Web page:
Comet closure to result in 3,000 job losses

Comet appeared to enter its final death throes today as administrators announced 125 store closures in a move expected to trigger around 3,000 job losses.

Comet appeared to enter its final death throes today as administrators announced 125 store closures in a move expected to trigger around 3,000 job losses.

Deloitte said it would start closing stores in December if an “acceptable offer” was not made for the stricken electricals chain in the next few days.

And in a worrying sign for the remaining stores, Deloitte said the 70 stores left open would only continue to trade until stock is cleared.

The administrators also plan to close the company’s distribution centre in Harlow, Essex, on Friday and will reduce back-office functions at Rickmansworth in Hertfordshire, Hull and Clevedon in Somerset.

The collapse of the firm marks one of the biggest high street casualties since the demise of Woolworths in 2008 and followed a month after the failure of JJB Sports.

Today’s store closures comes as a major blow after hopes had been raised of a rescue deal after it emerged Southampton-based entrepreneur Clive Coombes was considering making a bid.

Appliances Online last week also confirmed it had tabled a “seven-figure sum” for Comet’s website under plans to continue the business exclusively online.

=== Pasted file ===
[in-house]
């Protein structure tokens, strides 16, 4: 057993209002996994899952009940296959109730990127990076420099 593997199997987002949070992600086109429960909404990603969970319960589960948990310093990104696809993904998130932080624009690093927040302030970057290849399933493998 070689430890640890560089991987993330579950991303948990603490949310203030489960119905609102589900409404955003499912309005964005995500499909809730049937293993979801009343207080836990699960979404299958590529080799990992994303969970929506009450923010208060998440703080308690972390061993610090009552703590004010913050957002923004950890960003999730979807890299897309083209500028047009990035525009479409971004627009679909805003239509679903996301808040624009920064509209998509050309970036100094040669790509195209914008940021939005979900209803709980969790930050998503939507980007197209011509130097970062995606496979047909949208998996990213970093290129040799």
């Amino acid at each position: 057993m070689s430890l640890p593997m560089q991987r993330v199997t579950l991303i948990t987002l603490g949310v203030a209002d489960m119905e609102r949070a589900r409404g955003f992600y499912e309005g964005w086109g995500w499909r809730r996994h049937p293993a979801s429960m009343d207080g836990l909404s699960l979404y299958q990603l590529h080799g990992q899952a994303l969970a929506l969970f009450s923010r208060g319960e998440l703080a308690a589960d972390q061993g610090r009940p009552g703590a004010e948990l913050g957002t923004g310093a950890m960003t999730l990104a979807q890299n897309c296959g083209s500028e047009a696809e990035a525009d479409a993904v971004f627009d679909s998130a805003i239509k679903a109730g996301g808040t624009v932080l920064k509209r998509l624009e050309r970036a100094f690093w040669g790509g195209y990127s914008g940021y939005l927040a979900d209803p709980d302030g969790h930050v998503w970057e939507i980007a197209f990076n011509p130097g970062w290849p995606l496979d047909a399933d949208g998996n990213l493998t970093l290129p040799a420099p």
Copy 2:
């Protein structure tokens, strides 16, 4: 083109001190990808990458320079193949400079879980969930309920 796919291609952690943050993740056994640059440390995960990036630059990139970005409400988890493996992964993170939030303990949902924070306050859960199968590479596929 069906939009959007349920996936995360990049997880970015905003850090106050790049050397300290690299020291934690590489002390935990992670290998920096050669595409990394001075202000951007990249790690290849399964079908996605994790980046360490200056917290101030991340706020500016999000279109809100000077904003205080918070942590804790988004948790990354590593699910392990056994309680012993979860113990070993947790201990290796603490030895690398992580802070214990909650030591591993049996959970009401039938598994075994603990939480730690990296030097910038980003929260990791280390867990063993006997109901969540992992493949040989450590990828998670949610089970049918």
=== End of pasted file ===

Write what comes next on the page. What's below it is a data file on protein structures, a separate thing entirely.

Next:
Chris Farrington, joint administrator at Deloitte, said administrators remain in talks with a “small number of interested parties” and hope that a sale can still be achieved.

But he said in the absence of a firm offer for the whole of the business, it was necessary to begin closing stores.

Comet employees are to be paid salary, accrued holiday pay, overtime and bonuses for the period covered by the administration.

Deloitte added that it has contacted more than 35 prospective employers who are “keen” to offer roles to ex-Comet employees.

Comet was hit by weak high street trading conditions, competition from online rivals and being unable to secure the trade credit insurance needed to safeguard suppliers.

In particular, it was knocked by the lack of first-time home-buyers, who had been key customers for Comet.

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